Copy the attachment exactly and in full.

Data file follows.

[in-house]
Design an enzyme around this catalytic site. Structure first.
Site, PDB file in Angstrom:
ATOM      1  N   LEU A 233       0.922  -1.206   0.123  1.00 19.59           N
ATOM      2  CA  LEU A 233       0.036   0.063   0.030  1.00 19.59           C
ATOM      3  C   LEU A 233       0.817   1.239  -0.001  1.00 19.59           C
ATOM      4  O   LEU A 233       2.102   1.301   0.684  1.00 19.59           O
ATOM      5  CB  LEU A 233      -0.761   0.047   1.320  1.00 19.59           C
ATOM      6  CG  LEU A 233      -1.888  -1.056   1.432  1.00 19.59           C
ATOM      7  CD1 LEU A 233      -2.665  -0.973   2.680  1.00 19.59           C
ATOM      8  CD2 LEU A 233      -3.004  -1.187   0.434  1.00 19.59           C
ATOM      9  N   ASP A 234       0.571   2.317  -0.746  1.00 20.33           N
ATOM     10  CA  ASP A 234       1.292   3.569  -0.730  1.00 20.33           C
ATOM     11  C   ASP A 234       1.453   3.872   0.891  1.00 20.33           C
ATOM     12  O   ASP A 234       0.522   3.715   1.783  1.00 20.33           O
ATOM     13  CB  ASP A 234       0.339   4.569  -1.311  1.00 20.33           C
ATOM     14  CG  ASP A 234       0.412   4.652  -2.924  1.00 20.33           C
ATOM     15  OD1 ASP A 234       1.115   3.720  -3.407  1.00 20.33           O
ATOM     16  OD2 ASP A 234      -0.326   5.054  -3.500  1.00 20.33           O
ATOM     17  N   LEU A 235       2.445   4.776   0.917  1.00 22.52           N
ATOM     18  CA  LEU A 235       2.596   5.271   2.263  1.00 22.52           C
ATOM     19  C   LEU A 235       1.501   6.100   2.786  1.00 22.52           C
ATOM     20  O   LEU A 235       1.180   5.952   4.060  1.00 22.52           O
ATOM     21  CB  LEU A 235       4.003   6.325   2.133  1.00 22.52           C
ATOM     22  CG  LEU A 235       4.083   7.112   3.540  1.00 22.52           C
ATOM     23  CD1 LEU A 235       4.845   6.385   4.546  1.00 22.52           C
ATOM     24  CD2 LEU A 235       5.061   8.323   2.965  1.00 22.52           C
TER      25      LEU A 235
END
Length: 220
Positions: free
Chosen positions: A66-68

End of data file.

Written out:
[in-house]
Design an enzyme around this catalytic site. Structure first.
Site, PDB file in Angstrom:
ATOM      1  N   LEU A 233       0.922  -1.206   0.123  1.00 19.59           N
ATOM      2  CA  LEU A 233       0.036   0.063   0.030  1.00 19.59           C
ATOM      3  C   LEU A 233       0.817   1.239  -0.001  1.00 19.59           C
ATOM      4  O   LEU A 233       2.102   1.301   0.684  1.00 19.59           O
ATOM      5  CB  LEU A 233      -0.761   0.047   1.320  1.00 19.59           C
ATOM      6  CG  LEU A 233      -1.888  -1.056   1.432  1.00 19.59           C
ATOM      7  CD1 LEU A 233      -2.665  -0.973   2.680  1.00 19.59           C
ATOM      8  CD2 LEU A 233      -3.004  -1.187   0.434  1.00 19.59           C
ATOM      9  N   ASP A 234       0.571   2.317  -0.746  1.00 20.33           N
ATOM     10  CA  ASP A 234       1.292   3.569  -0.730  1.00 20.33           C
ATOM     11  C   ASP A 234       1.453   3.872   0.891  1.00 20.33           C
ATOM     12  O   ASP A 234       0.522   3.715   1.783  1.00 20.33           O
ATOM     13  CB  ASP A 234       0.339   4.569  -1.311  1.00 20.33           C
ATOM     14  CG  ASP A 234       0.412   4.652  -2.924  1.00 20.33           C
ATOM     15  OD1 ASP A 234       1.115   3.720  -3.407  1.00 20.33           O
ATOM     16  OD2 ASP A 234      -0.326   5.054  -3.500  1.00 20.33           O
ATOM     17  N   LEU A 235       2.445   4.776   0.917  1.00 22.52           N
ATOM     18  CA  LEU A 235       2.596   5.271   2.263  1.00 22.52           C
ATOM     19  C   LEU A 235       1.501   6.100   2.786  1.00 22.52           C
ATOM     20  O   LEU A 235       1.180   5.952   4.060  1.00 22.52           O
ATOM     21  CB  LEU A 235       4.003   6.325   2.133  1.00 22.52           C
ATOM     22  CG  LEU A 235       4.083   7.112   3.540  1.00 22.52           C
ATOM     23  CD1 LEU A 235       4.845   6.385   4.546  1.00 22.52           C
ATOM     24  CD2 LEU A 235       5.061   8.323   2.965  1.00 22.52           C
TER      25      LEU A 235
END
Length: 220
Positions: free
Chosen positions: A66-68